The largest city on earth – Tokyo. Image by Altus.
I have often found myself reflecting here on matters of scale – of blocks and streets, of cities and neighborhoods. Recently I have found myself thinking about the relationship between the really, really big, and the fairly tiny. Let me explain.
We lead our daily lives in familiar, and usually quite circumscribed, places: a neighborhood, a row of houses, a nearby bus or subway stop, an office in a corner of downtown. We don’t often find ourselves thinking of a whole city at one moment, much less the even larger regions surrounding our urban centers. It can be hard to imagine that the daily choices we make inside our tiny little bubbles mean anything very much in the really big picture. But let’s think about that for a moment.
Workday morning, sometime around 6:30am. The alarm goes off – ugh. Reach over and switch on the light, and prepare for another day. Ahh – the light bulb goes on.
But is it a Pharox bulb, a new kind of lamp that lasts 35 years and is 15% more efficient than even a Compact Fluorescent Lamp (CFL)? It should be – the manufacturer, Lemnis, tells us that if every Dutch home replaced 4 regular light bulbs with 4 Pharox bulbs, the energy saved would power Amsterdam for a year. I guess the little things add up pretty fast.
Amsterdam. Image by the City of Amsterdam.
Now let’s head downstairs to make coffee and look at the newpaper. Some of us do still read the newspaper.
Okay, got that coffee bubbling? That pound can of coffee you just opened will make something like 42 cups. How much water to make the pound of coffee? 2,650 gallons. Ouch! (Oh, and about 37 gallons of water for a pound of paper). Get out your calculator and start to do some quick math with me. Say there are 100,000,000 regular coffee drinkers in the U.S. And let’s stick with the average per capita coffee consumption figure offered by the World Resource Institute: 4.2 kilograms – 9.24 pounds. That means that we use over 2.5 trillion gallons of water a year on our coffee. Ahh – the little pleasures in life.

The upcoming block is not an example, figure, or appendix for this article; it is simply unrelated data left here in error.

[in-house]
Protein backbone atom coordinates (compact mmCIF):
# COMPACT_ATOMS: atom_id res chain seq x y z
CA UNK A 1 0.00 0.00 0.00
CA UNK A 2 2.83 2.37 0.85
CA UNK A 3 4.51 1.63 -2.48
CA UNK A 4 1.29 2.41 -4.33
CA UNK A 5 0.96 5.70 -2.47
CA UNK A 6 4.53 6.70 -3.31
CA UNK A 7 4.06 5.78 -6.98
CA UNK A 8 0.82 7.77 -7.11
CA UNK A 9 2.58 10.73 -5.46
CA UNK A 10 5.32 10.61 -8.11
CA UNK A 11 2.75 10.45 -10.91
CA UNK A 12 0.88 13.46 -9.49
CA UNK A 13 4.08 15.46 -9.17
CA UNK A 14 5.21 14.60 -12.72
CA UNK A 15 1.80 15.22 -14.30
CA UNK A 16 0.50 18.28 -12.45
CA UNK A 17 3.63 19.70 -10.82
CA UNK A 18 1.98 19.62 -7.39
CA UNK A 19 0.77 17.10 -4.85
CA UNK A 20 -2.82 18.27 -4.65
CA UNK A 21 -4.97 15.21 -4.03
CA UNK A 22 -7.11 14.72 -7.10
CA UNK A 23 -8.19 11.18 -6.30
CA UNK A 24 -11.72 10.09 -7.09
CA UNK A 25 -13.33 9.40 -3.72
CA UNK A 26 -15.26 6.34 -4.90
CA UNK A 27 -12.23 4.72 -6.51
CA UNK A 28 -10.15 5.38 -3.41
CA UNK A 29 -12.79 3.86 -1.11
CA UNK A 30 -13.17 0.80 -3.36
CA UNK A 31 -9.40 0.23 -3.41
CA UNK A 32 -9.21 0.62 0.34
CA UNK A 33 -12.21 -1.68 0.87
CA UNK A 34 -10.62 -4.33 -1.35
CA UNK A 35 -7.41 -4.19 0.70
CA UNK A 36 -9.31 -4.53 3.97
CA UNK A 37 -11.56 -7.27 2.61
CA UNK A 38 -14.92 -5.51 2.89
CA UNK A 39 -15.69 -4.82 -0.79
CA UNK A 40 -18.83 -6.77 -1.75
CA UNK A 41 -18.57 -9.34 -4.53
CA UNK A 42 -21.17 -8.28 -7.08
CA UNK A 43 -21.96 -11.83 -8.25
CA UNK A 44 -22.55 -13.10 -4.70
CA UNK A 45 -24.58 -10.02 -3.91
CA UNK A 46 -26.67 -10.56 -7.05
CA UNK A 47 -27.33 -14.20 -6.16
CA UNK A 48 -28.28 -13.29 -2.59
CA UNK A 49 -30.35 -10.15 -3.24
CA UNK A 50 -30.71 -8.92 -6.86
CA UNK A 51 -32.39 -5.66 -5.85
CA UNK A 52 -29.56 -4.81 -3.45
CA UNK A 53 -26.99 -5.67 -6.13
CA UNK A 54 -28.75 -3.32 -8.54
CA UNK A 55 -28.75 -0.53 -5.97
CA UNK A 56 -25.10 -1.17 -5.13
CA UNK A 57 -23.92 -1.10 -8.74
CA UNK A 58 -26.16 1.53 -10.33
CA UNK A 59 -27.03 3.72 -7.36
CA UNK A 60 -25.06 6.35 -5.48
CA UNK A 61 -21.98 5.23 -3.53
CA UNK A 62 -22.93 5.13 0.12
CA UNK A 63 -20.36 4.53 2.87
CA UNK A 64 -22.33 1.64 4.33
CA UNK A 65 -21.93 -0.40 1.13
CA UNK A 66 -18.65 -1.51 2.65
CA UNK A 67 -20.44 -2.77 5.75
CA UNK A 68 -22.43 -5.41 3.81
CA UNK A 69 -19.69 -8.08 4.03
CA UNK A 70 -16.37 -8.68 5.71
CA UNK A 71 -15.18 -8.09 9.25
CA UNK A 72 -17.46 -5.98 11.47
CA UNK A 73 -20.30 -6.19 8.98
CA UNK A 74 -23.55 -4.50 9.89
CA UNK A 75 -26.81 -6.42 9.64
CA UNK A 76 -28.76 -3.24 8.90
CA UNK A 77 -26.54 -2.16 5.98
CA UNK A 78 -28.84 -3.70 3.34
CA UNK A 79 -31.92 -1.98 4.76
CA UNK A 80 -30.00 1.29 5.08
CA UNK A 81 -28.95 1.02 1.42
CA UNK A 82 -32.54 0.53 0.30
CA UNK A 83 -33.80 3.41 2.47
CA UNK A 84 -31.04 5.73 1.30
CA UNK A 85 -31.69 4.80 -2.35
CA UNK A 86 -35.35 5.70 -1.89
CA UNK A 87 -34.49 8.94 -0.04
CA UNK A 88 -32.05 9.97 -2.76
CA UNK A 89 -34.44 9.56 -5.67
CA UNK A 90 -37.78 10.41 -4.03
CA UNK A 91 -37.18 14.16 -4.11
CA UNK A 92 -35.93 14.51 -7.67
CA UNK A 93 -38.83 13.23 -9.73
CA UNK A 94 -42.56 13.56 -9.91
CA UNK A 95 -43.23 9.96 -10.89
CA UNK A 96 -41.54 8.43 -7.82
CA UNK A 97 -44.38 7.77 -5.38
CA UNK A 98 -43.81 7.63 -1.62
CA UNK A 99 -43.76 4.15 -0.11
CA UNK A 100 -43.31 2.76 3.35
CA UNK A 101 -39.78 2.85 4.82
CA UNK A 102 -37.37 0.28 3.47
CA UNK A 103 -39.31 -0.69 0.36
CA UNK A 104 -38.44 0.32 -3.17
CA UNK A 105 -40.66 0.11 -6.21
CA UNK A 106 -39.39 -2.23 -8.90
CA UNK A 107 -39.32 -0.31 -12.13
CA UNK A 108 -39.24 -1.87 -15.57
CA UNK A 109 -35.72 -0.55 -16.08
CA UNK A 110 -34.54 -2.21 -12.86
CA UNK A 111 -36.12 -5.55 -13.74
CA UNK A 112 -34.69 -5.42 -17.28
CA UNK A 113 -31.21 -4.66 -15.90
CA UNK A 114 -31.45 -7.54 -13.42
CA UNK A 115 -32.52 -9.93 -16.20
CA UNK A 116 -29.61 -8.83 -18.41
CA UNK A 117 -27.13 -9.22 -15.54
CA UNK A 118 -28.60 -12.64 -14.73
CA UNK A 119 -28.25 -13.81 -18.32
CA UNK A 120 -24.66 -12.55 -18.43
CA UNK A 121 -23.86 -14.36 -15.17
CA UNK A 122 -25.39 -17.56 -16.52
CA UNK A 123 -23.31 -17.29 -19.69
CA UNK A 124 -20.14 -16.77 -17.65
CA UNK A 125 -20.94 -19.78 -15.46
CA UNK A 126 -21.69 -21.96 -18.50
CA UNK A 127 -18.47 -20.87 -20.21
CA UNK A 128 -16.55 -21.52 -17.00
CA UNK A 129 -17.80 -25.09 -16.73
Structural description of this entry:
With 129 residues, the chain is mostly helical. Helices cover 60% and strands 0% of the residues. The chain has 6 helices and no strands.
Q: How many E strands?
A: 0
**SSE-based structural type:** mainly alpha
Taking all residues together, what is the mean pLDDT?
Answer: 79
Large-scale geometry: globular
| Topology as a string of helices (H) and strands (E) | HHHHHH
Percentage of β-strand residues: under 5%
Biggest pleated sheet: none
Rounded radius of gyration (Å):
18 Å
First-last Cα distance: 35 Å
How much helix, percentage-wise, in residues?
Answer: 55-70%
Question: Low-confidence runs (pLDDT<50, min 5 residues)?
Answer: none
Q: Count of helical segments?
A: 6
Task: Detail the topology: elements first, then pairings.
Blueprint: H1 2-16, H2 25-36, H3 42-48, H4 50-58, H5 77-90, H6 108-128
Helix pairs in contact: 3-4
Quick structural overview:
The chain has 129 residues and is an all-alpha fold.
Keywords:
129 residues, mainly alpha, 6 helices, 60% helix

Time for a shower. Ten minutes? About 40 gallons of water. And think about this: 95% of all water consumed in an average American household goes down the drain. Since an average household uses about 128,000 gallons a year, that means that 121,600 gallons washes away. I’ll let you do the math on this one – 110,000,000 households in America.
Time to head for the office. Let’s say you’re 20 miles from work. Start up that Expedition on the driveway, and off you go. Weekly fuel consumption? About 17 gallons of gas. Let’s try the Vespa instead. Weekly fuel consumption: just shy of 3 gallons. Now you can use your calculator again – 115,000,000 commuters daily, times however many gallons of gas you burn to get to work. Big numbers, again. Really big. Maybe you should take the bus, yes?
After a morning of hard work, it’s time for some lunch. Stroll over to the local joint for a quarter-pounder, some fries and a diet. How much water to get that burger onto your plate? 3,000 gallons. On average, the entire population of the nation eats about 2 burgers a week. That would be nearly 610,000,000 burgers. Multiply again, please: 1.8 trillion gallons of water a week for our burgers. A week. Are you lovin’ it?
Time to head home. Did you remember to turn off your computer? If you leave it on every night, that electricity wasted would be equal to more than 912 kilowatt hours (kwH) over the course of a year. If there are 10 of you in the office, and you all leave your computers on, you will have wasted the annual power consumption of an average American household.
Now let’s say that 30% of the U.S. workforce uses computers, and leaves them on at night. That would be 45,000,000 workers. Wasting enough electricity to power 4.5 million homes for a year. Chicago plus Philadelphia, with enough left over to throw in Akron. Turn off your damn computer!
Quite a day, yes? The little things we do, the seemingly meaningless choices we make, have huge implications. A little does mean a lot when you do the math.